Tottenham mogul Lewis spared prison for insider trading

In Sports
April 05, 2024



LONDON:

Billionaire Tottenham Hotspur mogul Joe Lewis has avoided prison in an insider trading case, with a New York judge on Thursday instead giving him three years’ probation and a $5 million fine.

Judge Jessica Clarke also imposed sweeping restrictions on his company Broadbay, calling his offending “undoubtedly serious” but sparing the 87-year-old businessman from time behind bars.

“I’m here today because I made a terrible mistake. I’m ashamed, I’m sorry,” Lewis said in a hushed voice before sentencing, following his guilty plea for supplying insider market information to acquaintances.

He could have faced between 18 and 24 months’ imprisonment for the charges, according to prosecutors.

Lewis, who was visibly emotional at times, cut a frail figure in the courtroom, dressed in a grey suit with an eyepatch over his left eye.

He was flanked by two lawyers who argued he should be spared imprisonment because of his failing health and impending eye surgery.

Lewis pleaded for leniency, describing the trauma of his upbringing at the height of the Second World War, and promising to make amends “with the time I have left.”

Lewis furnished employees, including his private pilots, and lovers with insider information for years in a “brazen” scheme between 2013 and 2021 that raked in millions of dollars.

Stock tips provided by Lewis included confidential information about upcoming favorable test results for biochemical companies, the Manhattan court heard.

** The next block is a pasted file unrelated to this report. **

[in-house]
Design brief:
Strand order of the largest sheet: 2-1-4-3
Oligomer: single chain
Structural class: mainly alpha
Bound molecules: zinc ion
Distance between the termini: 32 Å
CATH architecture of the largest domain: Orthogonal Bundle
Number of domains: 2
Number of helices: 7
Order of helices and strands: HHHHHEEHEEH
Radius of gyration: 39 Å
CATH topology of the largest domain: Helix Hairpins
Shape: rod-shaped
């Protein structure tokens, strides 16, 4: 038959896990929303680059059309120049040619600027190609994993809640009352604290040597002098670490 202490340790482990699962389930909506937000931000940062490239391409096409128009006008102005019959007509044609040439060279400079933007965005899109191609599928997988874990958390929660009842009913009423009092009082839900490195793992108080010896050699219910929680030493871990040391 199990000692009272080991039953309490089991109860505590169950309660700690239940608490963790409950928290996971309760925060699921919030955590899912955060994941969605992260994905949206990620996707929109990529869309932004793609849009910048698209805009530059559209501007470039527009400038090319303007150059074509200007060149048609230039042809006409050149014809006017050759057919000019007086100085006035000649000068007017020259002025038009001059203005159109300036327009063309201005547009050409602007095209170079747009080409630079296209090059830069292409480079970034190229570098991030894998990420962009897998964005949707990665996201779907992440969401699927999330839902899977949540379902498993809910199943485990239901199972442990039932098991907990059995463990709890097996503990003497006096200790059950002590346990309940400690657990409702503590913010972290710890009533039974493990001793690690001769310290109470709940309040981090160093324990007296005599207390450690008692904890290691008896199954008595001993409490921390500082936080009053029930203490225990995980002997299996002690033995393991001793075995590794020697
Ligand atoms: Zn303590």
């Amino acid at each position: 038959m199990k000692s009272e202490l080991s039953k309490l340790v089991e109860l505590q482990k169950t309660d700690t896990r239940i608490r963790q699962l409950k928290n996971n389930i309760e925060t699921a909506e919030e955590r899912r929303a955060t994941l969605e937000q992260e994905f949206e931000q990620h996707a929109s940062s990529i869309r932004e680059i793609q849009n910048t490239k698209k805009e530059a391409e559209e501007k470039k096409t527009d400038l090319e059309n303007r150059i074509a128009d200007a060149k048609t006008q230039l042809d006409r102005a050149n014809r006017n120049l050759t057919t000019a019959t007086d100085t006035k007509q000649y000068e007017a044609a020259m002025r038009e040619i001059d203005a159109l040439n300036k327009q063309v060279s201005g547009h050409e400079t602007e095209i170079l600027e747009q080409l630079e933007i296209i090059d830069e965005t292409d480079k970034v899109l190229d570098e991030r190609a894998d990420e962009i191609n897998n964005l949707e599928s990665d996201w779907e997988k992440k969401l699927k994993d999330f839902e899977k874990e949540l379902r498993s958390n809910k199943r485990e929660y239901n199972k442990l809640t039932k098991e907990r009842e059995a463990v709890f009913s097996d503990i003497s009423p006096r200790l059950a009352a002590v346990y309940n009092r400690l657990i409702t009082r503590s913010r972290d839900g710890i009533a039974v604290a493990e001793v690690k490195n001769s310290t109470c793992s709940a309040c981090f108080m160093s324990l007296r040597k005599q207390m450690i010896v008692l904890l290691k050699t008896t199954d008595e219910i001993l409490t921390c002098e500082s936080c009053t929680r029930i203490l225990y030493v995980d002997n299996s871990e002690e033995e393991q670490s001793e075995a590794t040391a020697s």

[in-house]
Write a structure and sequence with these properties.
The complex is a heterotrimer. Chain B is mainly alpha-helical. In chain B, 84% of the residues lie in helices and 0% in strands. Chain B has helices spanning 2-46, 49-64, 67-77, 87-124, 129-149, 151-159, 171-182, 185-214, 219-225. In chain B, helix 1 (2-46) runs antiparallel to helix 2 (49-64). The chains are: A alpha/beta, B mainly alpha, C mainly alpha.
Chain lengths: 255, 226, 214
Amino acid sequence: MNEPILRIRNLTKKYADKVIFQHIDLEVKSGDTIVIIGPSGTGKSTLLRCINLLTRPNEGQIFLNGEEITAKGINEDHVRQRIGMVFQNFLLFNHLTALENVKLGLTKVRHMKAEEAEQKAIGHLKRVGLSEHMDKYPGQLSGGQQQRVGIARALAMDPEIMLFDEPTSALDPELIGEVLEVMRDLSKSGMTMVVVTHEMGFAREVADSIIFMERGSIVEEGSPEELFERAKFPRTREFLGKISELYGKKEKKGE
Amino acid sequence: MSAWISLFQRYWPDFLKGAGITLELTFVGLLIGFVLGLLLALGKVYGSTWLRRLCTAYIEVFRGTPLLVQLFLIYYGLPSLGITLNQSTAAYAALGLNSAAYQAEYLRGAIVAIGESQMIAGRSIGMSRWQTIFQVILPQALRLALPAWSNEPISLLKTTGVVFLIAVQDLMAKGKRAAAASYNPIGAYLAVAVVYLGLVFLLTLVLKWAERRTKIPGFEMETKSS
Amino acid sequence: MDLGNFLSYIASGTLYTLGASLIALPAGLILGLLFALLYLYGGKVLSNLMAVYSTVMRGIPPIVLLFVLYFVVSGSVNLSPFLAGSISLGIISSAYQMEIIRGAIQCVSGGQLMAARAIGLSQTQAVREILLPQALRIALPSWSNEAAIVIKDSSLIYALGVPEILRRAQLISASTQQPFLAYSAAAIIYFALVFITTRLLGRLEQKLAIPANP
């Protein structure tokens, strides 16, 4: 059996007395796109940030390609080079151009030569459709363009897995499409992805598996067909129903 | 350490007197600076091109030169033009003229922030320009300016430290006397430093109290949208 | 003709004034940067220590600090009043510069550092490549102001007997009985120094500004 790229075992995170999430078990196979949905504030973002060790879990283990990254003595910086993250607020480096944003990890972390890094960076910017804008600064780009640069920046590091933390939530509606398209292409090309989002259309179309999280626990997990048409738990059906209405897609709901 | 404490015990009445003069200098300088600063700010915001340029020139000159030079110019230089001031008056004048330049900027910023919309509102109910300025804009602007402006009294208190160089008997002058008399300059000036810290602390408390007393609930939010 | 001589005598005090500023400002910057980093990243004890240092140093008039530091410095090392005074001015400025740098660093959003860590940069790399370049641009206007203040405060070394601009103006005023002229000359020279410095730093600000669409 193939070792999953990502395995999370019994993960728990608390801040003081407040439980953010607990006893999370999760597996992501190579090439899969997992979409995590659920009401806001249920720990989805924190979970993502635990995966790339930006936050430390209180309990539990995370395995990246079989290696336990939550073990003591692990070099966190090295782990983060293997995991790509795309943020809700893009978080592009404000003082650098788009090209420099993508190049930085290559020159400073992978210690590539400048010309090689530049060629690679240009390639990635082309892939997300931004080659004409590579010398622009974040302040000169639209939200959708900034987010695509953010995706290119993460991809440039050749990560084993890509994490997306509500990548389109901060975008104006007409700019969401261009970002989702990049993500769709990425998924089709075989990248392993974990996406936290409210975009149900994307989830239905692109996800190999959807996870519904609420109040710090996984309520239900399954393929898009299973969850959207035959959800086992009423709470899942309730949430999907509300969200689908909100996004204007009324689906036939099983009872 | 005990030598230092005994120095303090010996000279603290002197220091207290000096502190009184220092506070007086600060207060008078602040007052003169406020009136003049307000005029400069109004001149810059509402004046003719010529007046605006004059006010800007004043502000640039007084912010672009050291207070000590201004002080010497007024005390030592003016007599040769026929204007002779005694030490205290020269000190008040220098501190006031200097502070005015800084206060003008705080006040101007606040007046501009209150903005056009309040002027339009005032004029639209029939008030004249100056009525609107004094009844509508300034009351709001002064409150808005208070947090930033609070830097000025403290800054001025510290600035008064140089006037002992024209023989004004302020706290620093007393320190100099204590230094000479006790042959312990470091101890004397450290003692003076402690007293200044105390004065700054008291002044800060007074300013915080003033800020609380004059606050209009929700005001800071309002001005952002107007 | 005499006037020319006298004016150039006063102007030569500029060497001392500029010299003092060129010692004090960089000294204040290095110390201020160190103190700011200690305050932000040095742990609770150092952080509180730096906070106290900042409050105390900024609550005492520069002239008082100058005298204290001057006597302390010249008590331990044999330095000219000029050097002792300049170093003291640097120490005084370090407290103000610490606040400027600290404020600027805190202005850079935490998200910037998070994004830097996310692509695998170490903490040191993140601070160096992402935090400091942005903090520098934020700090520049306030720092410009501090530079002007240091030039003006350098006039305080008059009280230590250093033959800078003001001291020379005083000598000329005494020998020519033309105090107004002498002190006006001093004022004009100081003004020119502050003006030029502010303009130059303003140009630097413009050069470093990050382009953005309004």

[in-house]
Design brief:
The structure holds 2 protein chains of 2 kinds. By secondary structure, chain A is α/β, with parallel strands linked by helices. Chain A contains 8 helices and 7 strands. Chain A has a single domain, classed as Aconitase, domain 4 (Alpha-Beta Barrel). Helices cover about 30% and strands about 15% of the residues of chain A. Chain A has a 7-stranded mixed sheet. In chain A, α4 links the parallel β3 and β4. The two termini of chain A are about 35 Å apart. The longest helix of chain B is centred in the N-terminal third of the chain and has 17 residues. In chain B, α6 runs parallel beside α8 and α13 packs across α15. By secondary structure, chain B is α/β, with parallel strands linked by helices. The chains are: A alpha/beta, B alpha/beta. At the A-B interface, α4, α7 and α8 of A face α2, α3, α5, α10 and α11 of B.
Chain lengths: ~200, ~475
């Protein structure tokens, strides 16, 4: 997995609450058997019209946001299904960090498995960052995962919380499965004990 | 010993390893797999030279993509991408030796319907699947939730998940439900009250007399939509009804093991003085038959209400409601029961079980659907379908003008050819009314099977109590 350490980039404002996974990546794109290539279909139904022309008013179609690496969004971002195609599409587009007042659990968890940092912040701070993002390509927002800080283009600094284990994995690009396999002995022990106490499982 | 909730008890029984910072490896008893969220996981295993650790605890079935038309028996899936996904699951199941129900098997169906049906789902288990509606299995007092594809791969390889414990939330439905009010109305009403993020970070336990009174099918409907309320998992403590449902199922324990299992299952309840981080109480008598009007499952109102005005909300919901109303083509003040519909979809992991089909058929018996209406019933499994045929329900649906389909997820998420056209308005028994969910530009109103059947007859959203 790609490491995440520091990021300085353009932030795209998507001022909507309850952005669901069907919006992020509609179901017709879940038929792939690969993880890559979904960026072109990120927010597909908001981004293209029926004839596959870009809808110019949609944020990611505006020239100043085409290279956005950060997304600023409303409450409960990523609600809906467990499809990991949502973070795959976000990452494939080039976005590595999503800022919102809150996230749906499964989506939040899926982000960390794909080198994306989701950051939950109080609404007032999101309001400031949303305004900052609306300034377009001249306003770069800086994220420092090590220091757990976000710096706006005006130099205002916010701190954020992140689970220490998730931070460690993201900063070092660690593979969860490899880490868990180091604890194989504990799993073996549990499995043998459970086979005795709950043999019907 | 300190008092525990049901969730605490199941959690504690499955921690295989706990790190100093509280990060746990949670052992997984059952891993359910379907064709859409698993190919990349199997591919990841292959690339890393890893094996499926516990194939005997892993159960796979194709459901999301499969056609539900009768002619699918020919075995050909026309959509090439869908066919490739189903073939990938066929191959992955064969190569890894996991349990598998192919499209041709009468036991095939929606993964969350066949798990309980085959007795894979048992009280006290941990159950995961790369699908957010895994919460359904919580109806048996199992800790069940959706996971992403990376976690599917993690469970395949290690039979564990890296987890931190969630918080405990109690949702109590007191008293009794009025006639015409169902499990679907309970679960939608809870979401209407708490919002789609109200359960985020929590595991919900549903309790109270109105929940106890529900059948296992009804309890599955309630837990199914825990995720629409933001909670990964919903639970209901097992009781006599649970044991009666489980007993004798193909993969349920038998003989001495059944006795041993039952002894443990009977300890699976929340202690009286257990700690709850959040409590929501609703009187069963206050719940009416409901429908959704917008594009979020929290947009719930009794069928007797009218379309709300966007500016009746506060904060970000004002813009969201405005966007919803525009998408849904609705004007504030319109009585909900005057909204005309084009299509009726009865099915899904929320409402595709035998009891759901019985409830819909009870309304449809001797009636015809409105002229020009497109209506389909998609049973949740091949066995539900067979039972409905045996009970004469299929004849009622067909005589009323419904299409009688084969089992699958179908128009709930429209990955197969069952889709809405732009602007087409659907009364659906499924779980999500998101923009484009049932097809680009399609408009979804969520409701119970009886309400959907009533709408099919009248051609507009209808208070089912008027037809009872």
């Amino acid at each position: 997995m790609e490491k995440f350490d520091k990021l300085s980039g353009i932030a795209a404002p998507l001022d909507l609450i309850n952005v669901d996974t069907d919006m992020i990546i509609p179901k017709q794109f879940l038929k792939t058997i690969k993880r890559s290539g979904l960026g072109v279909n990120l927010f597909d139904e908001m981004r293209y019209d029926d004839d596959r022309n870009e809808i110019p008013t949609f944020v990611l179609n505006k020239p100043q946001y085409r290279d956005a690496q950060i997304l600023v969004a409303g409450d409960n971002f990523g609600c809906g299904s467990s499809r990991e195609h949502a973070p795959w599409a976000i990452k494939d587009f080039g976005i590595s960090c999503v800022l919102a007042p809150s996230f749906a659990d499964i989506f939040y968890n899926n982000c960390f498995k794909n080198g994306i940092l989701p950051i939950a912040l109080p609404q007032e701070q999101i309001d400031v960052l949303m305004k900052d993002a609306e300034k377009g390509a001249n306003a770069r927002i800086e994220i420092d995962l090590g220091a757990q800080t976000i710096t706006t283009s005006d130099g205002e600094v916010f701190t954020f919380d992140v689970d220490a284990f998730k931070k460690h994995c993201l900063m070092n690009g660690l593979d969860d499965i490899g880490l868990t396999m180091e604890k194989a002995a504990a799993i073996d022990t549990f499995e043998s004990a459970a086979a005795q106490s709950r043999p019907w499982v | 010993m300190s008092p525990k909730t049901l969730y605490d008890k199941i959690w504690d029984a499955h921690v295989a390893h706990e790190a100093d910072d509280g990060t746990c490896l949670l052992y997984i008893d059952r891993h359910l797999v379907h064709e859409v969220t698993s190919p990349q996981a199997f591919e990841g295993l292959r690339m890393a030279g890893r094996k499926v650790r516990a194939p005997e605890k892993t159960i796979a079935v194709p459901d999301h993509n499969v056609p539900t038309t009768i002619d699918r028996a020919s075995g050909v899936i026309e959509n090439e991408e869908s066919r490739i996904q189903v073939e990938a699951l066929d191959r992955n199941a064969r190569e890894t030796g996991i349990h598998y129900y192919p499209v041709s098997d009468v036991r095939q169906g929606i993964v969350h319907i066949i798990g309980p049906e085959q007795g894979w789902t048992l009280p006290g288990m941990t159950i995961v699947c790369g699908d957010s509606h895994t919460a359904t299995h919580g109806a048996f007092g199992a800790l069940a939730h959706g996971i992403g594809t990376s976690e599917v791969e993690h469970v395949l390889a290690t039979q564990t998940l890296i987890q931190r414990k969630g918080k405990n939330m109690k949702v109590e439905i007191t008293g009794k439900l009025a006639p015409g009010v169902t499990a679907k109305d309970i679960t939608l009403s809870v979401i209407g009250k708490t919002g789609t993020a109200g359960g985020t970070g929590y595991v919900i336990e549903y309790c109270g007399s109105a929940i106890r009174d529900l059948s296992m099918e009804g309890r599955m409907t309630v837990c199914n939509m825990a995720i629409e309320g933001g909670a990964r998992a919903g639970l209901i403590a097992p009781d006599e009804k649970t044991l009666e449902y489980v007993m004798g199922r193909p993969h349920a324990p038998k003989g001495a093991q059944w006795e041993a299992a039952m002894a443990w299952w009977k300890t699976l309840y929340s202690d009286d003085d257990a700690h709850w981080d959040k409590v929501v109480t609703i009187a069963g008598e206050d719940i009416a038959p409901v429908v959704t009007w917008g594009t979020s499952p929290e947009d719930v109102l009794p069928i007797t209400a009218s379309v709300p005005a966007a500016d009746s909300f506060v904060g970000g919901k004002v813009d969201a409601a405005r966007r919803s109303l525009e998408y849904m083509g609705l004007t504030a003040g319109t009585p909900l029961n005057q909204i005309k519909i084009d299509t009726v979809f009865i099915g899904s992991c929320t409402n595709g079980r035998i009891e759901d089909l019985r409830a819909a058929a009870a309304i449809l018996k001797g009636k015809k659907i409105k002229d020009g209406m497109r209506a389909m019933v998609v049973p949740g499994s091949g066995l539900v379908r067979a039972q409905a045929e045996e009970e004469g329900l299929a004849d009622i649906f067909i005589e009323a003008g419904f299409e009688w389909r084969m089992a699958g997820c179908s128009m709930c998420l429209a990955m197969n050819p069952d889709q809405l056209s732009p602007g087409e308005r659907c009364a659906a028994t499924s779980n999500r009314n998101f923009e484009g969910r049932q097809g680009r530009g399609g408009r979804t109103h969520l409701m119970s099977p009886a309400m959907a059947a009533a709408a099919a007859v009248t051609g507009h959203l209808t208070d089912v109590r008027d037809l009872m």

The court heard that in 2019 Lewis lent his two pilots $500,000 each so that they could buy Mirati Therapeutics stock before the public release of the clinical results.

One of the pilots allegedly messaged a friend to buy the stock, telling them that he thought “the Boss has inside info.”

Lewis is reported to be one of Britain’s richest men with a fortune that Forbes puts at $6.2 billion, building his reputation as a currency speculator in the 1980s and early 1990s.

His holding company ENIC bought a controlling interest in Tottenham Hotspur Football Club in 2001 from then-owner Alan Sugar, another prominent British tycoon, for $22 million.

Lewis officially ceded control of the club last year, according to British financial records, and his stake was formally handed to a family trust.

He was joined in court by his son and granddaughter, who wrote a letter to the judge pleading for leniency.

Lewis’ lawyer David Zornow told the court the affair had caused the octogenarian “embarrassment and humiliation” and “brought low before the whole world” the former titan of industry.

“The measure of the man is the eight decades before these unfortunate events,” Zornow told a packed court overlooking the skyscrapers of Manhattan.

He pledged that if Lewis was spared prison, he would self-deport to his Bahamas bolthole from where he has managed his sprawling empire of investments in secrecy for years.

Prosecutor Jason Richman said Lewis’ crimes were “offensive to the concept of an open market,” but that his ailing health presented a unique situation.

“He made billions of dollars, then he chose to abuse information. No matter who you are… you cannot trade on inside information.”

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